To start the crawler from the command line, serve up your copy of the sandbox
(see README.md), and note the port in case you need to change
it), then give
crawler.py a URL, command, or other “entry point” specific to
your type of interface to start crawling:
% python crawler.py http://example.com/
You can also pass a file with a list of entry points, one per line, to crawl:
% python crawler.py -i my-list-of-urls.txt
Logging options include
--debug for debug-level or
for info-level output. Default logging is defined in the configuration module as
The crawl output directory may be passed as a runtime option using
--output_dir. This value is also set by default in the configuration file as
To see the browser in action during crawling, set the configuration variable
False. This is
True by default because seeing multiple
browsers pop up and run autonomously should only happen when you are you sure
you want it to happen.
By default, the crawler will use all available user models. You can specify a
subset with the configuration option
By default, the crawler will generate a report directory under
with timestamp-based name. In that directory will be a crawl log file, a crawl
metrics file, a directory for every crawled entry point with state/edge GML, a
states directory containing contents of every state visited from the entry
screenshots directory containing PNG screenshots of every state
visited from the entry point, and an accessibility analysis report in Markdown.
The state identifiers should match what is listed in the top-level crawl metrics
The default is to generate all these outputs, but you can specify generating
only some of these reports. For example, to generate only the crawl metrics and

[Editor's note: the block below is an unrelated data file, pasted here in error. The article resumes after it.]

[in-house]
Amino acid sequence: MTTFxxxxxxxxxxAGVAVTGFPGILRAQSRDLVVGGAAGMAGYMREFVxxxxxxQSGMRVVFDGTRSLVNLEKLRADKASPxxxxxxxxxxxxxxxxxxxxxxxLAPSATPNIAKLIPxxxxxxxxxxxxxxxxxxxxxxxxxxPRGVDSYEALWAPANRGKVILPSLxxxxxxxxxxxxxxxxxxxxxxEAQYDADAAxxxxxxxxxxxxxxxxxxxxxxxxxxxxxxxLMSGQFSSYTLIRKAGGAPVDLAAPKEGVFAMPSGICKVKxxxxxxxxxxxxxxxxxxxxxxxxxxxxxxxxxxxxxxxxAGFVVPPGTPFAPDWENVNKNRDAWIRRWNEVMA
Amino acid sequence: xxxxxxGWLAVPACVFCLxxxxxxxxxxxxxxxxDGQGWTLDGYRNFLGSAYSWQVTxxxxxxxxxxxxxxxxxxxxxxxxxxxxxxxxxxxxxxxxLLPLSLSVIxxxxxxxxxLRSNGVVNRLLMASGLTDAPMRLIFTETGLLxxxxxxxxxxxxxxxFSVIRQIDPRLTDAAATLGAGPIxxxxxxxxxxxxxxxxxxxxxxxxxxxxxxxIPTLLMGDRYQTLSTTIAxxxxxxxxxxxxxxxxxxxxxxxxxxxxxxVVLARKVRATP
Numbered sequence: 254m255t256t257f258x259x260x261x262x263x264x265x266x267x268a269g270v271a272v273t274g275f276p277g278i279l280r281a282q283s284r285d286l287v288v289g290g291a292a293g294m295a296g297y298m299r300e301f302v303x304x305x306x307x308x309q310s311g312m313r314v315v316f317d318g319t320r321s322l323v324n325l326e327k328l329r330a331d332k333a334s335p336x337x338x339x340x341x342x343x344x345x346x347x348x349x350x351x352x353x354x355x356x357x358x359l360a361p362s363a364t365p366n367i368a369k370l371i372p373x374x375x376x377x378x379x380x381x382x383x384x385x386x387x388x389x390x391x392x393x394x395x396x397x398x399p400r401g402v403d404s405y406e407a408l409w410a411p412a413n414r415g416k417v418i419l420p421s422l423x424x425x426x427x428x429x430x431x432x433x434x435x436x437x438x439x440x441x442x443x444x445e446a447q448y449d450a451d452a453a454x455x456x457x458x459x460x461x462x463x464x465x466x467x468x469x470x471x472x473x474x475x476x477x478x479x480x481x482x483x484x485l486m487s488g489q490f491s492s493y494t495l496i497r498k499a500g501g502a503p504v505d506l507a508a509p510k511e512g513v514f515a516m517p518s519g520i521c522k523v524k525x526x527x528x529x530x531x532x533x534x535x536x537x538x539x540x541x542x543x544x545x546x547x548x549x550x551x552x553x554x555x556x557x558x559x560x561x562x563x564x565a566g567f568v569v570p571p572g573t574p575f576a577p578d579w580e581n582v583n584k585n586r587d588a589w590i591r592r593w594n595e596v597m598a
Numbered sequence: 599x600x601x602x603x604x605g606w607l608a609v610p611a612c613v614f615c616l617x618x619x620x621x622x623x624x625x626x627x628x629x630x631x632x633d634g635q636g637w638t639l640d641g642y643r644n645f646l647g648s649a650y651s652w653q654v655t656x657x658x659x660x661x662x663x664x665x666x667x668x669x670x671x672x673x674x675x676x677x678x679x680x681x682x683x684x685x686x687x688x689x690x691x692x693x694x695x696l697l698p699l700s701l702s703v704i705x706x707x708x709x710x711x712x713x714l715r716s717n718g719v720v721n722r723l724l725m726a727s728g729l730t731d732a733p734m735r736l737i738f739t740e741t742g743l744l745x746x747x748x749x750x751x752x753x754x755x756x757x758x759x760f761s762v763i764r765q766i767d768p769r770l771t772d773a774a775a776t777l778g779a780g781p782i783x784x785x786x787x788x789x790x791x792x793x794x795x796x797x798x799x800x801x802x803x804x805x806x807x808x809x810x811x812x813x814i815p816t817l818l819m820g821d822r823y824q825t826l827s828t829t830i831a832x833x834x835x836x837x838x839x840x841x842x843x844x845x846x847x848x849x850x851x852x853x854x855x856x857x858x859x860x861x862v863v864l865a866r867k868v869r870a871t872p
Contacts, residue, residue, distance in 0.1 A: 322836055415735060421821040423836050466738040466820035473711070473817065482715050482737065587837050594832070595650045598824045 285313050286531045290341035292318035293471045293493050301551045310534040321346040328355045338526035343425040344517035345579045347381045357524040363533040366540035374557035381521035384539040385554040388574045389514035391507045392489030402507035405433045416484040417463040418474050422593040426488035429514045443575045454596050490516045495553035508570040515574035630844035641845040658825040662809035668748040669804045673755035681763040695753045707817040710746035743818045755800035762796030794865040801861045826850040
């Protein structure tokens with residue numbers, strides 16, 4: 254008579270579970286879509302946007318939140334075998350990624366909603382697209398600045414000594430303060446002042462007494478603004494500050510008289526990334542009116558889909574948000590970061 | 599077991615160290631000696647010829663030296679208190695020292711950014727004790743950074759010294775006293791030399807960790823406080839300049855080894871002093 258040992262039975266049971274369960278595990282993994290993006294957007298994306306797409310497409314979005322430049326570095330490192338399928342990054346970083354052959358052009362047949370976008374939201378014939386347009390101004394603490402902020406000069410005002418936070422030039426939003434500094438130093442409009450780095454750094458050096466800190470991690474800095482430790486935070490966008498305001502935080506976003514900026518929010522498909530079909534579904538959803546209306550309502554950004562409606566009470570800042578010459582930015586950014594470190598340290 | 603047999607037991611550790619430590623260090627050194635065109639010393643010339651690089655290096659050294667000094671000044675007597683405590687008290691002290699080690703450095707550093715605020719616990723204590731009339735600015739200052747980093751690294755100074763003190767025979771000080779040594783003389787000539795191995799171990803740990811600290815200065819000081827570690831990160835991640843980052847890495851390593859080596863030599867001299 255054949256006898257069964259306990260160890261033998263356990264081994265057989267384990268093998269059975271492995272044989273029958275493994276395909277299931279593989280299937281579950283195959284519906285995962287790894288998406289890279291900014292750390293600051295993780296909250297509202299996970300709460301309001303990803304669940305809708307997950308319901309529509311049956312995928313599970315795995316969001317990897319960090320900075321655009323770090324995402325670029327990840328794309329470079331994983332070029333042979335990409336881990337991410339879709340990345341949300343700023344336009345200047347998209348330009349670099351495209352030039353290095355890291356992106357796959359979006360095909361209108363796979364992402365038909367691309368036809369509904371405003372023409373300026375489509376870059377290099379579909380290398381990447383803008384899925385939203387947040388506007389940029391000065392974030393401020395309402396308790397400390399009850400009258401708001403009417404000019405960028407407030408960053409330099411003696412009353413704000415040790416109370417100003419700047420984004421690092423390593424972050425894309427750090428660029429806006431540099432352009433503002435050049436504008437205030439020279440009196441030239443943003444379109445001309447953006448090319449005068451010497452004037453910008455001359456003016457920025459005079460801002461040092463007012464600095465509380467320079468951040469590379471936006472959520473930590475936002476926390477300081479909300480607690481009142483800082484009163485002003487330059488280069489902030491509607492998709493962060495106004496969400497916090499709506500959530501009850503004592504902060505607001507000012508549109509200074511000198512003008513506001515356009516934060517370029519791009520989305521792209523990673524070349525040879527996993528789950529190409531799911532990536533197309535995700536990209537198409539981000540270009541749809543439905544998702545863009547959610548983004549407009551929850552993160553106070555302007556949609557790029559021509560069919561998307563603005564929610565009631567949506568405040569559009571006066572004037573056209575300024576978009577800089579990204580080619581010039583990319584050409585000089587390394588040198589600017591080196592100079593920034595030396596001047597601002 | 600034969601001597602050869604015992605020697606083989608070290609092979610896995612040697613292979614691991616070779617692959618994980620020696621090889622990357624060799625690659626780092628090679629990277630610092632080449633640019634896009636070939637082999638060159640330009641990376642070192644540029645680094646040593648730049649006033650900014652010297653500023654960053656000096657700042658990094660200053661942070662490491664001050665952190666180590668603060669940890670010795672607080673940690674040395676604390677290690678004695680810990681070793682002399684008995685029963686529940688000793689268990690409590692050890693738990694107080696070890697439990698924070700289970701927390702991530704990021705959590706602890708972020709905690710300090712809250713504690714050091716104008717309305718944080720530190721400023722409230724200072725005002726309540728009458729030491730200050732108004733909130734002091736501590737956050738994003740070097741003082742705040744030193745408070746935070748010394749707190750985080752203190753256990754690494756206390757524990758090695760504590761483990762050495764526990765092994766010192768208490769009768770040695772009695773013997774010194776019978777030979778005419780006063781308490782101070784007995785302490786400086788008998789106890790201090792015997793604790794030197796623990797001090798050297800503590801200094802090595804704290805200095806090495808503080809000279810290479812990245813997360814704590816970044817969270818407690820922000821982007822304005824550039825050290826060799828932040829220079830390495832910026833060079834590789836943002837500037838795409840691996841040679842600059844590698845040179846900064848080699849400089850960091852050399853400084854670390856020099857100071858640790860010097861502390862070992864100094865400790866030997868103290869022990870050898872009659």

GML files (no DOM, no analysis), use
REPORTS = ['metrics', 'gml']
To capture a screenshot of every distinct state, which will be stored in a
screenshots within the output directory, set
SCREENSHOTS = True.
To add a delay when new states are found to make it easier to demonstrate the
work Demodocus is doing, set
DELAY to a value in seconds. Note: this probably
only makes sense when using
HEADLESS = False. The default is 0 for no delay.
By default, the crawler is single-threaded. To use multiple threads, set
NUM_THREADS to an integer value greater than 1 (the default). Four seems to be
a good balance point for most desktop-class machines; this is common enough that
we have a built-in configuration mode for it:
% python crawler.py --mode demodocusfw.config.mode_fourthreads http://example.com/
Multithreading works with a separate
MultiController. Both this and the
Controller call up visited states by setting them directly
into the browser with
document.write. If you want to use
with only one thread, set
True without changing
NUM_THREADS is set to a value greater than 1, there is no need to add
MULTI, but it shouldn’t cause problems if you do, as the crawler checks both
An exhaustive crawl of a webpage with many elements can be time intensive, which
is impractical if quick results are needed. In addition, an exhaustive crawl
produces many states, which can be distracting for the non-expert user.
REDUCED_CRAWL = True in the config addresses this challenge. In a
reduced crawl, when the crawler explores a state, it only explores content that
it knows has changed from the previous state.